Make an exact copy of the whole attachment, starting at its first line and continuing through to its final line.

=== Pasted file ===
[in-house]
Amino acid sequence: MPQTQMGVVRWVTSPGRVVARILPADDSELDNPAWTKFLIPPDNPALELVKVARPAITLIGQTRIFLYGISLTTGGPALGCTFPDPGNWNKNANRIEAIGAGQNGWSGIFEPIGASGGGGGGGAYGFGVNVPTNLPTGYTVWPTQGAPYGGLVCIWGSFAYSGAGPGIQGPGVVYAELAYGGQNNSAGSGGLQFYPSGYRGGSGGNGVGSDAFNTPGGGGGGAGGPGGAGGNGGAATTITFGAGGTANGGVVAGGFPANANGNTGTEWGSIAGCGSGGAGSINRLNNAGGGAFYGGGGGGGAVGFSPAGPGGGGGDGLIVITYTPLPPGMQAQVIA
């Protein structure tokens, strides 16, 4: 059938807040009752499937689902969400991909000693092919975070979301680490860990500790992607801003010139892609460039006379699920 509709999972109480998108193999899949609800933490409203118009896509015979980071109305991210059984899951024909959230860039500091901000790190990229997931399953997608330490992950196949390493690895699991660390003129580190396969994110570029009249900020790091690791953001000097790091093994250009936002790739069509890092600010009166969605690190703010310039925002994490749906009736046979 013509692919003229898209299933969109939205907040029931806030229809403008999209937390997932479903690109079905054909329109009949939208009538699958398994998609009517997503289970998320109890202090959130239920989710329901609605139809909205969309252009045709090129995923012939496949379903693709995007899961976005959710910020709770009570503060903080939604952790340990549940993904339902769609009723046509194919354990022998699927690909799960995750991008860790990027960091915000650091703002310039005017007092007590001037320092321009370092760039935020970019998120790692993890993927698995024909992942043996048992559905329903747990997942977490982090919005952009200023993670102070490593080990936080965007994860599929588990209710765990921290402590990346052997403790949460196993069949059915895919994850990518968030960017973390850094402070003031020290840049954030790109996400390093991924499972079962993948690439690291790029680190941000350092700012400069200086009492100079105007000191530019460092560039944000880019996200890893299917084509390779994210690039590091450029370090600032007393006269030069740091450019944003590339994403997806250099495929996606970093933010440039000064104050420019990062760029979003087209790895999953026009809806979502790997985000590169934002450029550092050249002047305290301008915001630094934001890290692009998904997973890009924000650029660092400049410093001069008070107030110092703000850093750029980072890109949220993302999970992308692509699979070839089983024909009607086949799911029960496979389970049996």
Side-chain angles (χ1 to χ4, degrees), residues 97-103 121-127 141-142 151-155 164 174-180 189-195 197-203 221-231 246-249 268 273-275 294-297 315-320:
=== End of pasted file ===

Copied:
[in-house]
Amino acid sequence: MPQTQMGVVRWVTSPGRVVARILPADDSELDNPAWTKFLIPPDNPALELVKVARPAITLIGQTRIFLYGISLTTGGPALGCTFPDPGNWNKNANRIEAIGAGQNGWSGIFEPIGASGGGGGGGAYGFGVNVPTNLPTGYTVWPTQGAPYGGLVCIWGSFAYSGAGPGIQGPGVVYAELAYGGQNNSAGSGGLQFYPSGYRGGSGGNGVGSDAFNTPGGGGGGAGGPGGAGGNGGAATTITFGAGGTANGGVVAGGFPANANGNTGTEWGSIAGCGSGGAGSINRLNNAGGGAFYGGGGGGGAVGFSPAGPGGGGGDGLIVITYTPLPPGMQAQVIA
């Protein structure tokens, strides 16, 4: 059938807040009752499937689902969400991909000693092919975070979301680490860990500790992607801003010139892609460039006379699920 509709999972109480998108193999899949609800933490409203118009896509015979980071109305991210059984899951024909959230860039500091901000790190990229997931399953997608330490992950196949390493690895699991660390003129580190396969994110570029009249900020790091690791953001000097790091093994250009936002790739069509890092600010009166969605690190703010310039925002994490749906009736046979 013509692919003229898209299933969109939205907040029931806030229809403008999209937390997932479903690109079905054909329109009949939208009538699958398994998609009517997503289970998320109890202090959130239920989710329901609605139809909205969309252009045709090129995923012939496949379903693709995007899961976005959710910020709770009570503060903080939604952790340990549940993904339902769609009723046509194919354990022998699927690909799960995750991008860790990027960091915000650091703002310039005017007092007590001037320092321009370092760039935020970019998120790692993890993927698995024909992942043996048992559905329903747990997942977490982090919005952009200023993670102070490593080990936080965007994860599929588990209710765990921290402590990346052997403790949460196993069949059915895919994850990518968030960017973390850094402070003031020290840049954030790109996400390093991924499972079962993948690439690291790029680190941000350092700012400069200086009492100079105007000191530019460092560039944000880019996200890893299917084509390779994210690039590091450029370090600032007393006269030069740091450019944003590339994403997806250099495929996606970093933010440039000064104050420019990062760029979003087209790895999953026009809806979502790997985000590169934002450029550092050249002047305290301008915001630094934001890290692009998904997973890009924000650029660092400049410093001069008070107030110092703000850093750029980072890109949220993302999970992308692509699979070839089983024909009607086949799911029960496979389970049996």
Side-chain angles (χ1 to χ4, degrees), residues 97-103 121-127 141-142 151-155 164 174-180 189-195 197-203 221-231 246-249 268 273-275 294-297 315-320: